Meningitis - staphylococcal
Toggle: English / Spanish
Staphylococcal meningitis is a bacterial infection of the thin tissues covering the brain and spinal cord (meninges).
Staphylococcal meningitis is caused by Staphylococcus bacteria. When it is caused by Staphylococcus aureus or Staphylococcus epidermidis bacteria, it usually develops as a complication of surgery or as an infection that spreads through the blood from another site (hematogenous spread).
Risk factors include:
- Infections of heart valves
- Past infection of the brain
- Past meningitis due to spinal fluid shunts
- Recent brain surgery
- Spinal fluid shunt
Symptoms may come on quickly, and include:
Other symptoms that can occur with this disease:
- Bulging fontanelles in infants
- Decreased alertness
- Poor feeding or irritability in children
- Rapid breathing
- Unusual posture, with the head and neck arched backwards (opisthotonos)
Exams and Tests
The doctor or nurse will examine the patient. This will usually show:
Fast heart rate
Mental status changes
- Stiff neck
If the doctor thinks meningitis is possible, a lumbar puncture ("spinal tap") is done to remove a sample of spinal fluid (cerebrospinal fluid, or CSF) for testing. If you have a spinal fluid shunt, the sample may be taken from this instead.
Tests may include:
Antibiotics should be started as soon as possible. Vancomycin is the first choice for suspected staphylococcal meningitis. Nafcillin is sometimes used instead.
Often, treatment will include a search for, and removal of, possible sources of bacteria in the body. These include shunts or artificial heart valves.
Early treatment improves the outcome. However, 3 - 5% of patients do not survive. Young children and adults over age 50 have the highest risk of death.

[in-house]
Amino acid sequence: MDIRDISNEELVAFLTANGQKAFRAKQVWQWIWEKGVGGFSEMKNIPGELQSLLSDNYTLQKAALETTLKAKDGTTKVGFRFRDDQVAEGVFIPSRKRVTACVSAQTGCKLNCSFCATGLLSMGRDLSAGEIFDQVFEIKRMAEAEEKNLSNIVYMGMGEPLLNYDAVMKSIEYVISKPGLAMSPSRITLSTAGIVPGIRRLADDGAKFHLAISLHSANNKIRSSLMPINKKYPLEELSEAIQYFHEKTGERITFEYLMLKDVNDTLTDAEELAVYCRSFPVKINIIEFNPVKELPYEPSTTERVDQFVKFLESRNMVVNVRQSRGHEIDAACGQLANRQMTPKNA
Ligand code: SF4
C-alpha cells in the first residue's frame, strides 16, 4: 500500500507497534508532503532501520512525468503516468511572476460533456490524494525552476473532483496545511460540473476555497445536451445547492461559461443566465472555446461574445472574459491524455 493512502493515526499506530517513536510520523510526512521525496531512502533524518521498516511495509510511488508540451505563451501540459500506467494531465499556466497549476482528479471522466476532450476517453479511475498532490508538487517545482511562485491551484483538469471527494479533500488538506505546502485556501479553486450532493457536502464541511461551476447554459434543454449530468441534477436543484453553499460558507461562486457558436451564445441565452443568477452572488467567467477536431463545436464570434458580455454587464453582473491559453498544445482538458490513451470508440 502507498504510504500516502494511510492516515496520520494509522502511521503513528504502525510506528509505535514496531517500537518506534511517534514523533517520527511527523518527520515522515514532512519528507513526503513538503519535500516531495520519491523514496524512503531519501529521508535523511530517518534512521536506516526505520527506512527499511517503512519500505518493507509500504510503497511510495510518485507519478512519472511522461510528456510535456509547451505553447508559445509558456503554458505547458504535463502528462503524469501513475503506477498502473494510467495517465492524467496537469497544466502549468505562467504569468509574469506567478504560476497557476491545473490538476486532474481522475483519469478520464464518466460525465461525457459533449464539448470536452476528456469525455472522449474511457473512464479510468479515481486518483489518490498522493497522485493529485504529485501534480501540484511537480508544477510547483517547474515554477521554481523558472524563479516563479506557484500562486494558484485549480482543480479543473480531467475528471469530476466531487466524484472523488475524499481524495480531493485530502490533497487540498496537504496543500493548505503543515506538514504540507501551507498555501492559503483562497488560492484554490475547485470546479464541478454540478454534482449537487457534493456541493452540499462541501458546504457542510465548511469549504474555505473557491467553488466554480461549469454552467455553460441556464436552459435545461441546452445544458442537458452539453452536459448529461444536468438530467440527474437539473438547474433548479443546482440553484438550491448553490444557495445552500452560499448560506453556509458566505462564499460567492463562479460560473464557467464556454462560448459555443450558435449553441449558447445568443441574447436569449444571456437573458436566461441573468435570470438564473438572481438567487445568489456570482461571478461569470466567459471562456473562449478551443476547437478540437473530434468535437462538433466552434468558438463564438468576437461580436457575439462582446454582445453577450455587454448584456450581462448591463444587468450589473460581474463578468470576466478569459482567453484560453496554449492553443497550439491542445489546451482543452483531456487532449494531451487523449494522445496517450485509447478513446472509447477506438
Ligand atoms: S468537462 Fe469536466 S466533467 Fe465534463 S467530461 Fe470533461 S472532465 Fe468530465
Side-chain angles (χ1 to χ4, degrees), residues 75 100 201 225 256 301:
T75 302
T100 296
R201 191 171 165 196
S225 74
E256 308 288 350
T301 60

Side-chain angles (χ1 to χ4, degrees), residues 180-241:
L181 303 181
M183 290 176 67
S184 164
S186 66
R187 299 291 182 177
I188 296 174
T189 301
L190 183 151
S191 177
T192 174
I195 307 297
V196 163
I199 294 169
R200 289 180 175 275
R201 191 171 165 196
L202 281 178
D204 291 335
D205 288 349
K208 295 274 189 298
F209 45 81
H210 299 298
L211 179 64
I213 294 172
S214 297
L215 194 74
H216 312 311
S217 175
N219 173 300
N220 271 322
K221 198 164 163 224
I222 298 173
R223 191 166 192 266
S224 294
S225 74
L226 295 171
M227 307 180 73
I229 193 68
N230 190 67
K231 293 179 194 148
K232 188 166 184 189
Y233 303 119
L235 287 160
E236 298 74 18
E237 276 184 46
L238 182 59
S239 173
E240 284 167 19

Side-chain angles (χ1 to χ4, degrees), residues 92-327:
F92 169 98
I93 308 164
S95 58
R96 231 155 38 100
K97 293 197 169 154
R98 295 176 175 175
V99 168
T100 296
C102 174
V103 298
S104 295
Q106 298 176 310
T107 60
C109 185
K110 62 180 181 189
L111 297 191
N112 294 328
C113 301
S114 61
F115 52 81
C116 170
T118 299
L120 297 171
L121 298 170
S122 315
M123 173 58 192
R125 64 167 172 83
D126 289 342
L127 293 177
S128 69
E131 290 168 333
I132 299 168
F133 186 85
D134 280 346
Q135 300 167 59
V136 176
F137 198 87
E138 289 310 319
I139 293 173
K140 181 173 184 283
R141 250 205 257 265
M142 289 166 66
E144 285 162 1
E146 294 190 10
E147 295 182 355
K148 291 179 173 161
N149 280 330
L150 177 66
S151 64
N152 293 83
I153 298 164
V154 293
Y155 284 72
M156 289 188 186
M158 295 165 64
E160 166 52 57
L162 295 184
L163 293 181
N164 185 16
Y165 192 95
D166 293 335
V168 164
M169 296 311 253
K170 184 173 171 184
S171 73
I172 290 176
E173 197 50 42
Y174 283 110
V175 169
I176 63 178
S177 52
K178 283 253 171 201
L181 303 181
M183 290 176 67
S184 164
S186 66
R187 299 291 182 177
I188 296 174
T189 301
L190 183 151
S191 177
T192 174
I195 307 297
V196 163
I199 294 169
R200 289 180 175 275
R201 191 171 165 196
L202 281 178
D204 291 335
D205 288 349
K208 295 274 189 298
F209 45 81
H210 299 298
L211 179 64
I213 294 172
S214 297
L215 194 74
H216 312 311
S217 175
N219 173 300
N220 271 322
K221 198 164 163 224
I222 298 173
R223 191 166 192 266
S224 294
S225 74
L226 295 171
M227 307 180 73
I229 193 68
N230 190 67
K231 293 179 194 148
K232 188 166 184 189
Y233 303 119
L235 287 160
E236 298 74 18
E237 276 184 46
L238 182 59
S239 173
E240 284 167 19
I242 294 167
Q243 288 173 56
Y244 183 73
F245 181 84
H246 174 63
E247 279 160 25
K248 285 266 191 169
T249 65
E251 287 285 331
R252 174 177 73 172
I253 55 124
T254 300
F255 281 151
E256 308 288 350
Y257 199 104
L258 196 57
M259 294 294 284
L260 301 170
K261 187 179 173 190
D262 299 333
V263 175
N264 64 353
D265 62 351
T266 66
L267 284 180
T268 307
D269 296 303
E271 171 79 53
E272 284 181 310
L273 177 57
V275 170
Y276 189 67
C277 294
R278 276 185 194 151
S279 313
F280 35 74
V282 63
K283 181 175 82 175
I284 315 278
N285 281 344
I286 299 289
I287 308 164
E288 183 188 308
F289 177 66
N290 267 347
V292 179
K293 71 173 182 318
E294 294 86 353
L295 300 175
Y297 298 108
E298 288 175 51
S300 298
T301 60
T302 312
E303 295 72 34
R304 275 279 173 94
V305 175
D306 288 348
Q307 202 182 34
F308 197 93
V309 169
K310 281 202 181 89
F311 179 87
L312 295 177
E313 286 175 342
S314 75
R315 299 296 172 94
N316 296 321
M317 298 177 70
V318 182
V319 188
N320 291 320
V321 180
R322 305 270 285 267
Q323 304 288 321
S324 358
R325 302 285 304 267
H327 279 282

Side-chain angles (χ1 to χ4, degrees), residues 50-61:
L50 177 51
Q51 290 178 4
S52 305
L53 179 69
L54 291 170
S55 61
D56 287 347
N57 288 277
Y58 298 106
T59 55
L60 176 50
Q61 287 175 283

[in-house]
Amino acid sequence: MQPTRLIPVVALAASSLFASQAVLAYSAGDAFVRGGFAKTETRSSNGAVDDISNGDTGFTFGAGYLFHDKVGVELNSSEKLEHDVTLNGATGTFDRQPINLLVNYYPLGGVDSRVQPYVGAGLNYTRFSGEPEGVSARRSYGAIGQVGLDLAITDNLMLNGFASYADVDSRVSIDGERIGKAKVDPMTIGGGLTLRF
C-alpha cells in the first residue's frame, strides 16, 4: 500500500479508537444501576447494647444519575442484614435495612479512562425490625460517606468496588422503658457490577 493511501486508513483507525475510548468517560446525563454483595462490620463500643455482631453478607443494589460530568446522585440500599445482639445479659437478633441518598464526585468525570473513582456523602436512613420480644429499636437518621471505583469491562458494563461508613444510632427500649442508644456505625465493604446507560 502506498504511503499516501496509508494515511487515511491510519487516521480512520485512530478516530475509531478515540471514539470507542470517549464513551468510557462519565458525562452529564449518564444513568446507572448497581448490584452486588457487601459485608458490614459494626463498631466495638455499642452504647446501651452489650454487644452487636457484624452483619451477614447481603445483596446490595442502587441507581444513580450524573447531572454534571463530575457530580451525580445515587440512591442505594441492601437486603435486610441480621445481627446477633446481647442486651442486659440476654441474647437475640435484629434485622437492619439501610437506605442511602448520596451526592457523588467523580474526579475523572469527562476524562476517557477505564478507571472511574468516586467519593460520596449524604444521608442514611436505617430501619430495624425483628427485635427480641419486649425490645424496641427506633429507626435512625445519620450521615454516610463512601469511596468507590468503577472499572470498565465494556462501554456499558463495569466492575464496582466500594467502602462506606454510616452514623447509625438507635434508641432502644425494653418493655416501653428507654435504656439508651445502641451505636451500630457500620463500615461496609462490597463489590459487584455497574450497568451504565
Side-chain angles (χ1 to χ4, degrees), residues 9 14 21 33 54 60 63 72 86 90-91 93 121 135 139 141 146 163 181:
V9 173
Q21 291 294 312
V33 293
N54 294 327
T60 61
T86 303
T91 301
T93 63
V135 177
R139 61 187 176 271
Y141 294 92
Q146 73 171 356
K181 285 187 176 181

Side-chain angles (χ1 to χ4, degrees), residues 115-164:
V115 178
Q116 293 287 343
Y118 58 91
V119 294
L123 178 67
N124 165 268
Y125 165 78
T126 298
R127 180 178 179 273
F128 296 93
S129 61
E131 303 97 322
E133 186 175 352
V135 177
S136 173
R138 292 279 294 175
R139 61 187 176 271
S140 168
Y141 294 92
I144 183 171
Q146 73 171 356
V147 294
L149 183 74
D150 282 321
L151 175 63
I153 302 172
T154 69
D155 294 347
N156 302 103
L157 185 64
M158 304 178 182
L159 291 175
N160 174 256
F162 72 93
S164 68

Staphylococcal meningitis often improves more quickly, with better results, if the source of the infection is removed. The source may include shunts, hardware in joints, or artificial heart valves.
When to Contact a Medical Professional
Call the local emergency number (such as 911) or go to an emergency room if you suspect meningitis in a young child who has the following symptoms:
Call the local emergency number if you develop any of the serious symptoms listed above. Meningitis can quickly become a life-threatening illness.
In high-risk people, taking preventive antibiotics before diagnostic or surgical procedures may help reduce the risk. Discuss this with your doctor.
Swartz MN. Meningitis: bacterial, viral, and other. In: Goldman L, Schafer AI, eds. Goldman's Cecil Medicine. 24th ed. Philadelphia, PA: Elsevier Saunders; 2011:chap 360.
Thigpen MC, Whitney CG, Messonnier NE, et al. Emerging Infections Programs Network. Bacterial meningitis in the United States, 1998-2007. N Engl J Med. 2011 May 26; 364:2016-2025.
Tunkel AR, Van de Beek D, Scheld WM. Acute meningitis. In: Mandell GL, Bennett JE, Dolin R, eds. Principles and Practice of Infectious Diseases. 7th ed. Philadelphia, PA: Elsevier Churchill Livingstone; 2009:chap 84.
- Last reviewed on 8/31/2014
- Jatin M. Vyas, MD, PhD, Assistant Professor in Medicine, Harvard Medical School; Assistant in Medicine, Division of Infectious Disease, Department of Medicine, Massachusetts General Hospital, Boston, MA. Also reviewed by David Zieve, MD, MHA, Isla Ogilvie, PhD, and the A.D.A.M. Editorial team.
The information provided herein should not be used during any medical emergency or for the diagnosis or treatment of any medical condition. A licensed medical professional should be consulted for diagnosis and treatment of any and all medical conditions. Call 911 for all medical emergencies. Links to other sites are provided for information only -- they do not constitute endorsements of those other sites. © 1997- 2013 A.D.A.M., Inc. Any duplication or distribution of the information contained herein is strictly prohibited.